Publications

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1994
Bada, JL, Bigham C, Miller SL.  1994.  Impact Melting of Frozen Oceans on the Early Earth - Implications for the Origin of Life. Proceedings of the National Academy of Sciences of the United States of America. 91:1248-1250.   10.1073/pnas.91.4.1248   AbstractWebsite

Without sufficient greenhouse gases in the atmosphere, the early Earth would have become a permanently frozen planet because the young Sun was less luminous than it is today. Several resolutions to this faint young Sun-frozen Earth paradox have been proposed, with an atmosphere rich in CO2 being the one generally favored. However, these models assume that there were no mechanisms for melting a once frozen ocean. Here we show that bolide impacts between about 3.6 and 4.0 billion years ago could have episodically melted an ice-covered early ocean. Thaw-freeze cycles associated with bolide impacts could have been important for the initiation of abiotic reactions that gave rise to the first living organisms.

1996
Becker, L, Poreda RJ, Bada JL.  1996.  Extraterrestrial helium trapped in fullerenes in the sudbury impact structure. Science. 272:249-252.   10.1126/science.272.5259.249   AbstractWebsite

Fullerenes (C-60 and C-70) in the Sudbury impact structure contain trapped helium with a He-3/He-4 ratio of 5.5 x 10(-4) to 5.9 x 10(-4). The He-3/He-4 ratio exceeds the accepted solar wind value by 20 to 30 percent and is higher by an order of magnitude than the maximum reported mantle value, Terrestrial nuclear reactions or cosmic-ray bombardment are not sufficient to generate such a high ratio. The He-3/He-4 ratios in the Sudbury fullerenes are similar to those found in meteorites and in some interplanetary dust particles. The implication is that the helium within the C-60 molecules at Sudbury is of extraterrestrial origin.

1998
Brinton, KLF, Engrand C, Glavin DP, Bada JL, Maurette M.  1998.  A search for extraterrestrial amino acids in carbonaceous Antarctic micrometeorites. Origins of Life and Evolution of Biospheres. 28:413-424.   10.1023/a:1006548905523   AbstractWebsite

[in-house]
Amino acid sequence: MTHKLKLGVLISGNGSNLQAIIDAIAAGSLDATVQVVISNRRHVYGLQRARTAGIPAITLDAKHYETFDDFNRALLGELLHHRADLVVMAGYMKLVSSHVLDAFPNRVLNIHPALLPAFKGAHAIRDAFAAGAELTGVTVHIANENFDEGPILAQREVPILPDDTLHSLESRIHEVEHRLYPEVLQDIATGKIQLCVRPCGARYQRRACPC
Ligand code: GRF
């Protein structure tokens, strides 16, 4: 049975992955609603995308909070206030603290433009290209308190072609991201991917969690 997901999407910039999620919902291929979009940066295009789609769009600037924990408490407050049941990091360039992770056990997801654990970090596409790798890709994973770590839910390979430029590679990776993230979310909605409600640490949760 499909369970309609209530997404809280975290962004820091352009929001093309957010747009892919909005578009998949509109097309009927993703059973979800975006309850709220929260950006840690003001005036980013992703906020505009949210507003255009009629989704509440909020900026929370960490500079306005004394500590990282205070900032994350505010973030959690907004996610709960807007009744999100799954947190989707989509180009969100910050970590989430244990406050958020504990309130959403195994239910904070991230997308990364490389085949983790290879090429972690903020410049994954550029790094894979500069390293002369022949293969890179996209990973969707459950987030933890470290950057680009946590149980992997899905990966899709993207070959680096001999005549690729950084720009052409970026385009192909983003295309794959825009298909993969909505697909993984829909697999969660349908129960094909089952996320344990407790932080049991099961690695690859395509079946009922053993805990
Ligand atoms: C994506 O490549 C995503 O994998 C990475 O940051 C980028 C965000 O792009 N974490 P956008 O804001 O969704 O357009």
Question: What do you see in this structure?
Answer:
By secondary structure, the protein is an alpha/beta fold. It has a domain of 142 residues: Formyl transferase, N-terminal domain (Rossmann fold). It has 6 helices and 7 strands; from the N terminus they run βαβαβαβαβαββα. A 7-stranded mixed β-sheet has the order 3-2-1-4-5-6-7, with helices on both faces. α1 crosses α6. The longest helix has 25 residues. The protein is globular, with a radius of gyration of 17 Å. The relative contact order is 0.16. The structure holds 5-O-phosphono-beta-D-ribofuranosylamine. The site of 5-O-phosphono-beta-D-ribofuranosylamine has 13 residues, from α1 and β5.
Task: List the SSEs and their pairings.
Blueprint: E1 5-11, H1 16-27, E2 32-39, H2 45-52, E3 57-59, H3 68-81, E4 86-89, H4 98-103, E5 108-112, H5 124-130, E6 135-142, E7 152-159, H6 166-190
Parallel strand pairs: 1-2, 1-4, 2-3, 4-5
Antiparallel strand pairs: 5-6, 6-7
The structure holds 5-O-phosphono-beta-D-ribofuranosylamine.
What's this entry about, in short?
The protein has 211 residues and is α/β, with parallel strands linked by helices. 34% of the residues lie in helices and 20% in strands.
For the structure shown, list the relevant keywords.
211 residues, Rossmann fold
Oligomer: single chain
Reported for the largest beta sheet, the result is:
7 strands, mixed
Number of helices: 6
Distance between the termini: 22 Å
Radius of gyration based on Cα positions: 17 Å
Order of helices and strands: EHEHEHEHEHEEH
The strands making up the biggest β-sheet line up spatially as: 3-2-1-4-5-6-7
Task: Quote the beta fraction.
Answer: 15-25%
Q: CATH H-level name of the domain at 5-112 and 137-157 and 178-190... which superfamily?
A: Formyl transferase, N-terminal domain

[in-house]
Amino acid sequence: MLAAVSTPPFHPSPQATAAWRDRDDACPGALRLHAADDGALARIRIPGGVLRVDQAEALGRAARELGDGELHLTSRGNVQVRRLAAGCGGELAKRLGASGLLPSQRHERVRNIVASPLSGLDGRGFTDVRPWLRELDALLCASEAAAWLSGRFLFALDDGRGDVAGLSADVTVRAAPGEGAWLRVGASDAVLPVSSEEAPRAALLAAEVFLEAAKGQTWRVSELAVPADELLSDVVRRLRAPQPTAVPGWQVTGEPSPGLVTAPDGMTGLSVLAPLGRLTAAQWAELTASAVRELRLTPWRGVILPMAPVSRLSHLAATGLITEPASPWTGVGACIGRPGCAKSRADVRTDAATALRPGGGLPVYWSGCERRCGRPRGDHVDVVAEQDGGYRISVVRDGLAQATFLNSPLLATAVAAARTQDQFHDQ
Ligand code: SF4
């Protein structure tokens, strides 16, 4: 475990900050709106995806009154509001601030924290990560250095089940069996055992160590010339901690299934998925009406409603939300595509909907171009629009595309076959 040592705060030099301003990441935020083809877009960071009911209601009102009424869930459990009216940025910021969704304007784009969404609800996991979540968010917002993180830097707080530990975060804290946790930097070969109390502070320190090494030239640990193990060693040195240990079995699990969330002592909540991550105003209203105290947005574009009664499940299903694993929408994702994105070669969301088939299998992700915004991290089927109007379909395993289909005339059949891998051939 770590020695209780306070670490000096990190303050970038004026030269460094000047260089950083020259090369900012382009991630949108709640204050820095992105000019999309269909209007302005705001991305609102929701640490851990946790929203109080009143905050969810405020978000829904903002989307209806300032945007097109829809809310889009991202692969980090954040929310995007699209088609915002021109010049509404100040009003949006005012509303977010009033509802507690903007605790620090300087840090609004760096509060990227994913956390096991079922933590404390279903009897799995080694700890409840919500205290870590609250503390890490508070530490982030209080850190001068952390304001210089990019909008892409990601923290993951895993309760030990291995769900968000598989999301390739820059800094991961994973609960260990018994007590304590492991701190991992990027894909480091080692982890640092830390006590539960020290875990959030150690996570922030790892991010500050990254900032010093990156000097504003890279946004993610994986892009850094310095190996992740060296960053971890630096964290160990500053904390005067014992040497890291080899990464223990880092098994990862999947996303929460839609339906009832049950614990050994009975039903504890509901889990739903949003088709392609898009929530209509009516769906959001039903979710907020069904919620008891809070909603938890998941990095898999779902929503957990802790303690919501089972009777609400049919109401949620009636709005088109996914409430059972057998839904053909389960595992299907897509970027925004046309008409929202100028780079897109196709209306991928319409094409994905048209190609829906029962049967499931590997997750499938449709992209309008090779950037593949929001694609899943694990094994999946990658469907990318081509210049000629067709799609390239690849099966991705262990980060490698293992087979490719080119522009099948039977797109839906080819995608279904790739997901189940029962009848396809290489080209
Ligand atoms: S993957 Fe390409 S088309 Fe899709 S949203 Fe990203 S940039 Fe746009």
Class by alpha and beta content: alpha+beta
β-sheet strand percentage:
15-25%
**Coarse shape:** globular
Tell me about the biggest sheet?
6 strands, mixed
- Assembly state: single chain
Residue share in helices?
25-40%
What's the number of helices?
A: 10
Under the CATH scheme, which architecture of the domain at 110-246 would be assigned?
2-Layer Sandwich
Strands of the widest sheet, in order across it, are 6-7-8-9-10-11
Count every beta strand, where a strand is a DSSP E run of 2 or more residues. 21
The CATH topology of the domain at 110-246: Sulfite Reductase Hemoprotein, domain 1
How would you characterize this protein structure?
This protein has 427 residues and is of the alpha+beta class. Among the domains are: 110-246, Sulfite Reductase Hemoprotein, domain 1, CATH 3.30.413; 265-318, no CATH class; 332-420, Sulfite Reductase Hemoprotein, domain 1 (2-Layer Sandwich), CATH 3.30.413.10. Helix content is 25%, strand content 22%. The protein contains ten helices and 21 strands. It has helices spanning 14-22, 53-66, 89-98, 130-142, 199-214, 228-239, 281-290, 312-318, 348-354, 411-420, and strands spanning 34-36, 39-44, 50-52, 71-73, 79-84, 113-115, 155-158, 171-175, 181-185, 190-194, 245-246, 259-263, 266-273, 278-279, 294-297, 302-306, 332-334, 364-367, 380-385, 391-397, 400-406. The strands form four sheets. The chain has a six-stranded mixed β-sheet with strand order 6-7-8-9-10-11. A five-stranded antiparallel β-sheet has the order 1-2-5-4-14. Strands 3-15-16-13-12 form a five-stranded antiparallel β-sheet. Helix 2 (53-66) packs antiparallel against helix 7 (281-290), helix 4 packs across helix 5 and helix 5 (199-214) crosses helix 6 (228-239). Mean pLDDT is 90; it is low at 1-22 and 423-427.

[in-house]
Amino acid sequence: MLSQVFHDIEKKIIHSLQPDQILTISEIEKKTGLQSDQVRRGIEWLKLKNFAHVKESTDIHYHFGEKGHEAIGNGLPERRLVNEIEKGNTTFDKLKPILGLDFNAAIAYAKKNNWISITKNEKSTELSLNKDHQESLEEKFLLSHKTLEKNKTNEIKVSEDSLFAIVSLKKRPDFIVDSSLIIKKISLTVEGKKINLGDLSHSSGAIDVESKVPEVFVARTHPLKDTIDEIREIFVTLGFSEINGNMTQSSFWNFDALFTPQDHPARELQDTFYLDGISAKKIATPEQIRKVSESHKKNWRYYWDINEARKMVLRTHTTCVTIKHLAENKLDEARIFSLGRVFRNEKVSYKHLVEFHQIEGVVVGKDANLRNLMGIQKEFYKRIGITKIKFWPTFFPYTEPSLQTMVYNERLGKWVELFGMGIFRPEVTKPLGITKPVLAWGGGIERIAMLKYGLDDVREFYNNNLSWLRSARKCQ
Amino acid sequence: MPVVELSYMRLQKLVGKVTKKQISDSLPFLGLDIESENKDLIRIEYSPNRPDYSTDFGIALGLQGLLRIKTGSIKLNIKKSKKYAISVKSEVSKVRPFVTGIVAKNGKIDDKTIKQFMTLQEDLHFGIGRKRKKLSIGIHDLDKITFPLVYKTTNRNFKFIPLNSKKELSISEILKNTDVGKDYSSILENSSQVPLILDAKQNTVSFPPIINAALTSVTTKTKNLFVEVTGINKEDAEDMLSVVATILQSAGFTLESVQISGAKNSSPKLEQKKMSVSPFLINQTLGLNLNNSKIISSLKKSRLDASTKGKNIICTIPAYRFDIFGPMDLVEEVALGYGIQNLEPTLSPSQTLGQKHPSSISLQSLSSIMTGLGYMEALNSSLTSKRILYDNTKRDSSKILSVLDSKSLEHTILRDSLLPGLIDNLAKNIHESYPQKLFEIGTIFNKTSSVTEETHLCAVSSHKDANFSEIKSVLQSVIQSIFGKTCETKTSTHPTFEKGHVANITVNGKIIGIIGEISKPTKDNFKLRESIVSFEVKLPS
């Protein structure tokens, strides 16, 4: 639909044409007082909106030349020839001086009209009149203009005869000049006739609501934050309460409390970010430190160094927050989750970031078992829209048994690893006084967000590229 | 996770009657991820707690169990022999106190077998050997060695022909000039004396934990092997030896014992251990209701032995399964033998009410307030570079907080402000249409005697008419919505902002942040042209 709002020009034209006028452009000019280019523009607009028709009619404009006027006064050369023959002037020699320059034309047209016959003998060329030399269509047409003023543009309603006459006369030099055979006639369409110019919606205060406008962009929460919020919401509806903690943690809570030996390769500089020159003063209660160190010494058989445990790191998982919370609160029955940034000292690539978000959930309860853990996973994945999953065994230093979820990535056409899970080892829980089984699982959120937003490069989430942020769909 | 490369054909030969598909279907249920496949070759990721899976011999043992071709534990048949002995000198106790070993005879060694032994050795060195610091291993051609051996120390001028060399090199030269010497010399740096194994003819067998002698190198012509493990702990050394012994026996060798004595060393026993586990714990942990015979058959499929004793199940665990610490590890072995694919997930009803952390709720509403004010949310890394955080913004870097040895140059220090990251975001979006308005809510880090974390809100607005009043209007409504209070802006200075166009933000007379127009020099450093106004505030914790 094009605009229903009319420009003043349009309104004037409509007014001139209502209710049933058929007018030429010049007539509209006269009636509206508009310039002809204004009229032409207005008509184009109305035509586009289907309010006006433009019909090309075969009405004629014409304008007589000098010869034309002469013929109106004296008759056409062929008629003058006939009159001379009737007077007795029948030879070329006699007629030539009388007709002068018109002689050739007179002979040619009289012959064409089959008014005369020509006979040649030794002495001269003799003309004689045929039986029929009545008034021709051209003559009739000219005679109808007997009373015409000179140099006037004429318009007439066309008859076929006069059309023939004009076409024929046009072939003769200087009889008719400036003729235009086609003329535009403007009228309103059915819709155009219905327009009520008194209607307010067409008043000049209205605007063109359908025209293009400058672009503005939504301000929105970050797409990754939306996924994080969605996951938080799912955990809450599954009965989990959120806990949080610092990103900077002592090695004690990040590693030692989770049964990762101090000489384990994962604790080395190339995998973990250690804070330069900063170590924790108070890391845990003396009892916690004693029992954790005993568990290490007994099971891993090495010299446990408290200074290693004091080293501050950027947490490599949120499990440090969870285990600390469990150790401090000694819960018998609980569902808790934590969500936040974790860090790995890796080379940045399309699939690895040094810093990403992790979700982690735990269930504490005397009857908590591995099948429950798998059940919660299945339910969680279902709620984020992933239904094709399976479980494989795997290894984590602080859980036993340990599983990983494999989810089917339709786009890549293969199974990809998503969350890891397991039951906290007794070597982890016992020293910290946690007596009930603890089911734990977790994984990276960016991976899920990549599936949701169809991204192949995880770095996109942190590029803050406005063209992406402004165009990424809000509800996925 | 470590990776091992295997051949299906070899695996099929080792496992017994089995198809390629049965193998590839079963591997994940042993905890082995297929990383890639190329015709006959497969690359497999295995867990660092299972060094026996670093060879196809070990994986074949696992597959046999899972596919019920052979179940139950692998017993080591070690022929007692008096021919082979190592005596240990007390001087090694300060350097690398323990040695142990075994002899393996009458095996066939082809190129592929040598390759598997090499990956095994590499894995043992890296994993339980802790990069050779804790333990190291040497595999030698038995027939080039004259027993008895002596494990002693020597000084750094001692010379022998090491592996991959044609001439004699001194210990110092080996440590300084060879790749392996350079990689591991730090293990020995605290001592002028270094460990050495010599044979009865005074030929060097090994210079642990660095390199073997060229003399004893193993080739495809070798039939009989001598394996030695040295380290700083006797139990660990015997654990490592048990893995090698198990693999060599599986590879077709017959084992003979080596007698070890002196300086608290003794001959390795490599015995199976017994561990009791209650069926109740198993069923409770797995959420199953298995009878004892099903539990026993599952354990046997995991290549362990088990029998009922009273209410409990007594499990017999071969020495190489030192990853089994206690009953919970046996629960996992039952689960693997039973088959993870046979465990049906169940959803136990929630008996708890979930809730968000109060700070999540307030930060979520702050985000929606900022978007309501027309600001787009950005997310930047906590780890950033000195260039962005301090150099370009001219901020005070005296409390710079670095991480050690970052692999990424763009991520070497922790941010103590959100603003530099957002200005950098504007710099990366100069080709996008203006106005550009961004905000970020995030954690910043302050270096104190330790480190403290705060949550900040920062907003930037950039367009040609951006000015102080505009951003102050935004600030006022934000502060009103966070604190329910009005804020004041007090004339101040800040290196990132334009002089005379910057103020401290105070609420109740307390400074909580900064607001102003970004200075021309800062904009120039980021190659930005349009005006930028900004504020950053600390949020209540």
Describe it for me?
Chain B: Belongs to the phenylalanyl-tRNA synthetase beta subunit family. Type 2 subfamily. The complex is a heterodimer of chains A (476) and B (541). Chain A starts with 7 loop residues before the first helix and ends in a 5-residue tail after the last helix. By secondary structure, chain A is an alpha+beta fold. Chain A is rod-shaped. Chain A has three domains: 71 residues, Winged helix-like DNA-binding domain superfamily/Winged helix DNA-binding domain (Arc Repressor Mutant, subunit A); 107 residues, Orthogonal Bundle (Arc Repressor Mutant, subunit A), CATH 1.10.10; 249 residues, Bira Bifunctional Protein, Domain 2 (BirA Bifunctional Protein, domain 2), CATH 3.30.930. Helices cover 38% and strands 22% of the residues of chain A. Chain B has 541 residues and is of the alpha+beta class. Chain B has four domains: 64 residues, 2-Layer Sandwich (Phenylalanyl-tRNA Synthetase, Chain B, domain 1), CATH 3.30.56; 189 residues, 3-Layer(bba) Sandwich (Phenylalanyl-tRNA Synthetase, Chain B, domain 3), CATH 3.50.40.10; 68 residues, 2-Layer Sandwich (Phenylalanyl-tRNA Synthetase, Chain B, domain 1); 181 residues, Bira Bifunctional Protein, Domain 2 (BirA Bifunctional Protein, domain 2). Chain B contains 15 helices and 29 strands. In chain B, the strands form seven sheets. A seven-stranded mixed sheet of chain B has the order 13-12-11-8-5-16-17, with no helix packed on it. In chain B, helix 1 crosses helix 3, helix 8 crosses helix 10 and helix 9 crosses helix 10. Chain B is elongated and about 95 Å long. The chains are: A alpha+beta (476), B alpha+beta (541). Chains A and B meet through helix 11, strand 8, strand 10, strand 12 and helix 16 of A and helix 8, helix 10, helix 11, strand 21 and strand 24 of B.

Antarctic micrometeorites (AMMs) in the 100-400 mu m size range are the dominant mass fraction of extraterrestrial material accreted by the Earth today. A high performance Liquid chromatography (HPLC) based technique exploited at the limits of sensitivity has been used to search for the extraterrestrial amino acids alpha-aminoisobutyric acid (AIB) and isovaline in AMMs. Five samples, each containing about 30 to 35 grains, were analyzed. All the samples possess a terrestrial amino acid component, indicated by the excess of the L-enantiomers of common protein amino acids. In only one sample (A91) was AIB found to be present at a level significantly above the background blanks. The concentration of AIB (similar to 280 ppm), and the AIB/isovaline ratio (greater than or equal to 10), in this sample are both much higher than in CM chondrites. The apparently large variation in the AIB concentrations of the samples suggests that AIB may be concentrated in rare subset of micrometeorites. Because the AIB/isovaline ratio in sample A91 is much larger than in CM chondrites, the synthesis of amino acids in the micrometeorite parent bodies might have involved a different process requiring an HCN-rich environment, such as that found in comets. If the present day characteristics of the meteorite acid micrometeorite fluxes can be extrapolated back in time, then the flux of large carbonaceous micrometeorites could have contributed to the inventory of prebiotic molecules on the early Earth.